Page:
Long executive reach distinguishes Cheney
WASHINGTON -- Dick Cheney occupies an unprecedented position in American history. There has never been such a powerful vice president. There has never been anyone other than a president as powerful as Cheney.
Cheney hides his influence behind a low public profile. Seen darting between meetings, he signals his all-business approach by carrying his own notebooks. Even Jimmy Carter had someone else drag his briefcase.
Cheney also shields his clout behind President Bush's determination to show that he himself is in charge. At times, Bush has even pointed a finger at his own chest and praised his own ''tough decisions," while Cheney stands quietly in the wings.
In recent weeks, however, the astonishing range of Cheney's influence has been on display in virtually every controversy involving the administration. The chain of events drew Cheney out of the shadows even before he created a ruckus by lobbing an obscenity at his slightly thinner twin, Senator Patrick J. Leahy, Democrat of Vermont.
First came the 9/11 Commission reports showing Cheney's take-command attitude on Sept. 11, 2001, ordering the shootdown of any hijacked plane and then warning the president of an alleged threat to Air Force One, which sent Bush to a bunker in Nebraska.
Cheney claims that he got Bush's approval for the shootdown order, but notes taken at the time made no reference to it, and the commission found discrepancies in the accounts of those present.
Then came the commission's rejection of ''collaboration" between Iraqi leader Saddam Hussein and Al Qaeda. This trope was one of the pillars of the case Cheney built for war in Iraq, and the administration can't afford to lose it. Cheney reasserted the link, hinting he had more information but not providing any.
Then, last week, came the Supreme Court's decision to return to a lower court the question of whether Cheney must reveal details of his Energy Task Force, followed by his confrontation with Leahy. Cheney later said his expletive was a response to Leahy's insinuations about no-bid contracts awarded to Halliburton, the company Cheney headed in the 1990s.
Since the vice president's influence is already embedded in the administration through his numerous friends appointed to high positions -- including his mentor, Defense Secretary Donald H. Rumsfeld -- Cheney's character and motivations ought to be fair game for the media as the campaign heats up. So should efforts to connect the dots on his unusual ascent.
It began with a move that was, in retrospect, perfectly illustrative of his approach to power: Charged with heading the committee to choose Bush's running mate, Cheney quietly shifted his voter registration from Texas (the presidential nominee's state, and thus ineligible) to Wyoming and appointed himself to the job.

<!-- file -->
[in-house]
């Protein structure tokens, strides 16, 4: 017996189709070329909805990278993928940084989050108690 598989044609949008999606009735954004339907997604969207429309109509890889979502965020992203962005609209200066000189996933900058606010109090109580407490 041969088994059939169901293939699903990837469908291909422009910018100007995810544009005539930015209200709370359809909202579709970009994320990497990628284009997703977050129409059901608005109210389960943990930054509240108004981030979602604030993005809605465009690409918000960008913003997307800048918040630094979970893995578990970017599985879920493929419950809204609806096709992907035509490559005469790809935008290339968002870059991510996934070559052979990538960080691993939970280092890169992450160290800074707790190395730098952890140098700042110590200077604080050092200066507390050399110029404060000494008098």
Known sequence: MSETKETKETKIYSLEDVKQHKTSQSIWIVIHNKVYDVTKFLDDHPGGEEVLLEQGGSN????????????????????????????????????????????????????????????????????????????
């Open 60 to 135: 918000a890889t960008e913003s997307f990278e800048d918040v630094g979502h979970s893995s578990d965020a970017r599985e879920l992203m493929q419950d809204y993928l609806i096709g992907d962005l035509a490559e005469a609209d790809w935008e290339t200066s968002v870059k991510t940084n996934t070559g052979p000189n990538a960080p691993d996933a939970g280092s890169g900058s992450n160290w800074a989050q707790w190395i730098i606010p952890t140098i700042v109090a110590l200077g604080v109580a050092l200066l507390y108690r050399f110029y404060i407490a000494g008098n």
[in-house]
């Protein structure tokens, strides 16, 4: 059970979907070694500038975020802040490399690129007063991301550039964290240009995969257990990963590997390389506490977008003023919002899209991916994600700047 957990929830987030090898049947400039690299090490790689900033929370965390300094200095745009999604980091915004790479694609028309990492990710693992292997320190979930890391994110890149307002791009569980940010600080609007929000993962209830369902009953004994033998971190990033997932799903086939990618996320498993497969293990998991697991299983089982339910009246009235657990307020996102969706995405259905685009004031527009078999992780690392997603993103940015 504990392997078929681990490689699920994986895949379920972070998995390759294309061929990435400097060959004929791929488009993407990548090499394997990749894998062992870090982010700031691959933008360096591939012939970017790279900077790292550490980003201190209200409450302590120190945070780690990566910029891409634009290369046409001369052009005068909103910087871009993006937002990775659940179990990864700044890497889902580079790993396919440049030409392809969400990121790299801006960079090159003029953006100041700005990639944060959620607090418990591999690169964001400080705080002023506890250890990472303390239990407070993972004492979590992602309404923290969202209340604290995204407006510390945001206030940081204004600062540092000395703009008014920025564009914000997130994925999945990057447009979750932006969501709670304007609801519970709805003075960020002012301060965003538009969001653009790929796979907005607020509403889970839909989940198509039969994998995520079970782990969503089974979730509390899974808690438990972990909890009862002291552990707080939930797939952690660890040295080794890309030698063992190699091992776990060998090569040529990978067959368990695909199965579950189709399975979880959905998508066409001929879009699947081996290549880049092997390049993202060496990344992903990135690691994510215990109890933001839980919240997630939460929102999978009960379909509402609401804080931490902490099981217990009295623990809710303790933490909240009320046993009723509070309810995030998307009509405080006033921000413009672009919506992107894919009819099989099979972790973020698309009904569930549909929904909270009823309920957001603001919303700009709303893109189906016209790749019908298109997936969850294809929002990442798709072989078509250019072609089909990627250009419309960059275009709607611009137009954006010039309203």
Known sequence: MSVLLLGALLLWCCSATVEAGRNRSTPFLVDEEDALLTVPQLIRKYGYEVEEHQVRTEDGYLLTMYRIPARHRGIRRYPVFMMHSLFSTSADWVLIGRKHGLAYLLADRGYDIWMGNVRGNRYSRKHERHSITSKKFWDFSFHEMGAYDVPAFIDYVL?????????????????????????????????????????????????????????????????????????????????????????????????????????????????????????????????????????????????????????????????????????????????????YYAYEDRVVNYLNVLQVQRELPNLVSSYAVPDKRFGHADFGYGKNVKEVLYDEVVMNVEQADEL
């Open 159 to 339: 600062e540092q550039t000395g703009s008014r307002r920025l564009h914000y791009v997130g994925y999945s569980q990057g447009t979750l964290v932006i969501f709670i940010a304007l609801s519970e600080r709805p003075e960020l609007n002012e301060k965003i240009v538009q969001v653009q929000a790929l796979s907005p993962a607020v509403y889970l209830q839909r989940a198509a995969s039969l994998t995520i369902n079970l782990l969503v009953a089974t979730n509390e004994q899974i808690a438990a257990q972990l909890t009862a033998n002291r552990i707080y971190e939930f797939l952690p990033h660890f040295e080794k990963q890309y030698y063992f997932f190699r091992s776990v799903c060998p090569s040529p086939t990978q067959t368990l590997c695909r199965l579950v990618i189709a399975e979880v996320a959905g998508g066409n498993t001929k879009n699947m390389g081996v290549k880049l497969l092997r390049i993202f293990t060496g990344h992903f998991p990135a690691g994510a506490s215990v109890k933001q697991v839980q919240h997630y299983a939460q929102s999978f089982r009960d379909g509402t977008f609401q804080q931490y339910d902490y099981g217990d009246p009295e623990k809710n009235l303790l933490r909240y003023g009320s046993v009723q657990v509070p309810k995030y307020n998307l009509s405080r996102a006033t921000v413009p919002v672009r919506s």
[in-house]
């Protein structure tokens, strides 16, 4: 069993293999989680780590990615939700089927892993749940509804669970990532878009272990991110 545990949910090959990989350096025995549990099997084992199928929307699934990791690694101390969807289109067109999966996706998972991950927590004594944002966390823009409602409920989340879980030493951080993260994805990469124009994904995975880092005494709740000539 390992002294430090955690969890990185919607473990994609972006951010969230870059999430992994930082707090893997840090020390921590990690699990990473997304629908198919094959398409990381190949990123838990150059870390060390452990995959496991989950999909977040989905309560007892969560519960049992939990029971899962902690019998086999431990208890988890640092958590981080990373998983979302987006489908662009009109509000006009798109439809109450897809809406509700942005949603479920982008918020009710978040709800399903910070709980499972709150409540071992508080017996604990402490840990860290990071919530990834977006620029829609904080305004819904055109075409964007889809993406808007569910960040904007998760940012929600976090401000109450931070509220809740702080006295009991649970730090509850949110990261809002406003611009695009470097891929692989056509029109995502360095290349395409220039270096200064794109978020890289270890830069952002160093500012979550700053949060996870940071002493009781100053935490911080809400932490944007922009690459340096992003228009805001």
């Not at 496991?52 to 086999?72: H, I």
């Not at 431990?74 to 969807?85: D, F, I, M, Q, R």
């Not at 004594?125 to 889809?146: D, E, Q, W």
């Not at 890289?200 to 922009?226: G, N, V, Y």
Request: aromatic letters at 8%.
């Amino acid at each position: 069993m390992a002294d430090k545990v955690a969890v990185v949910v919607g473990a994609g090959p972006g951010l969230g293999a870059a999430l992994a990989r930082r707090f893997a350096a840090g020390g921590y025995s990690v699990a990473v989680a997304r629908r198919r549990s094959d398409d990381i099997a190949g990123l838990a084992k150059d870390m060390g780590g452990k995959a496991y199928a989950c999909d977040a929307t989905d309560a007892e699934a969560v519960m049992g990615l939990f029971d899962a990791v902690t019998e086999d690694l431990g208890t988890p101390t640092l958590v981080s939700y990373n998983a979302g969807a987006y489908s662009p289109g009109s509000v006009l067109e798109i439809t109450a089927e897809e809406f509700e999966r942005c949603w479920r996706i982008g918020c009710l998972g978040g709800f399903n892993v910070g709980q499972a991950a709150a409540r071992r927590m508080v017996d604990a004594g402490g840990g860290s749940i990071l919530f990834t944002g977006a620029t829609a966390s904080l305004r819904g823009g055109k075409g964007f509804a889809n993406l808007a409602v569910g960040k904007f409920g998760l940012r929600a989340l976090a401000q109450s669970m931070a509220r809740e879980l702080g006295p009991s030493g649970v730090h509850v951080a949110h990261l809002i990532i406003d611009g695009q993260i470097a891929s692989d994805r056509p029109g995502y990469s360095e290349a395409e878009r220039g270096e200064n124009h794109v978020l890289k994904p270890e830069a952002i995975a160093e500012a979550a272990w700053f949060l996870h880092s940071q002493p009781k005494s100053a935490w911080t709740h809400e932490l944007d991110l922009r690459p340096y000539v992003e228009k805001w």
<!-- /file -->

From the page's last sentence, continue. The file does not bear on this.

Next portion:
Cheney achieved this maneuver with so little friction that almost no one saw it as a power grab. The media simply assumed someone, probably Bush's father, thought it would be a good idea to have an old Washington hand on the ticket to assist Bush, who was neither worldly nor knowledgeable about policy.
Now, in office, Cheney utilizes the old maxim that there's no limit to what people can achieve if they don't care who gets the credit. He can shun accolades because, unlike all vice presidents going back to Alben Barkley, he has no higher ambitions. He would be an old 68 at the end of a second Bush term, with four heart attacks behind him, and voters wouldn't trust his health.
Thus, Cheney can channel all his ambition into this administration. Without having to accumulate debts for a future campaign, he's beyond the normal political controls: No one can ward him off by threatening to embarrass him politically. And he can offer the president unwavering loyalty.
In the past, when administrations sailed through rocky seas, the vice president would grab the first lifeboat and paddle furiously: Al Gore stood behind Bill Clinton in public during impeachment, but aides quickly leaked stories of his private disgust over Clinton's conduct; George H. W. Bush did everything but hide under a sofa to claim he was ''out of the loop" on the Reagan administration's Iran-Contra scandal.
Since no one has used the vice presidency as a power base for anything but running for president, Cheney could invent his own job.
He followed models perfected by others. There have been powerful first ladies (Hillary Rodham Clinton, Nancy Reagan), powerful chiefs of staff (Donald Regan), and powerful Svengali-like advisers (Henry Kissinger, Edward House during the Wilson administration).
Cheney combined all three. Like a first lady, his stature is unique. Unlike a staff member, he can't be fired. Like Regan, Cheney, a former chief of staff to President Ford, is clearly the chief operating officer of the White House, overshadowing the titular chief, Andrew Card, like an elephant over a mouse. And he's made himself the president's prime policy adviser, supplanting Cabinet chiefs like Secretary of State Colin L. Powell or Attorney General John D. Ashcroft.
As a result, Cheney looms larger than Hillary Rodham Clinton in the '90s, with about a tenth as much scrutiny, even during a campaign. So far, Cheney has stuck to the traditional vice-presidential role of raising funds and tending to the party's base. But he's been anything but a traditional vice president.
Peter S. Canellos can be reached at firstname.lastname@example.org.
© Copyright 2004 Globe Newspaper Company.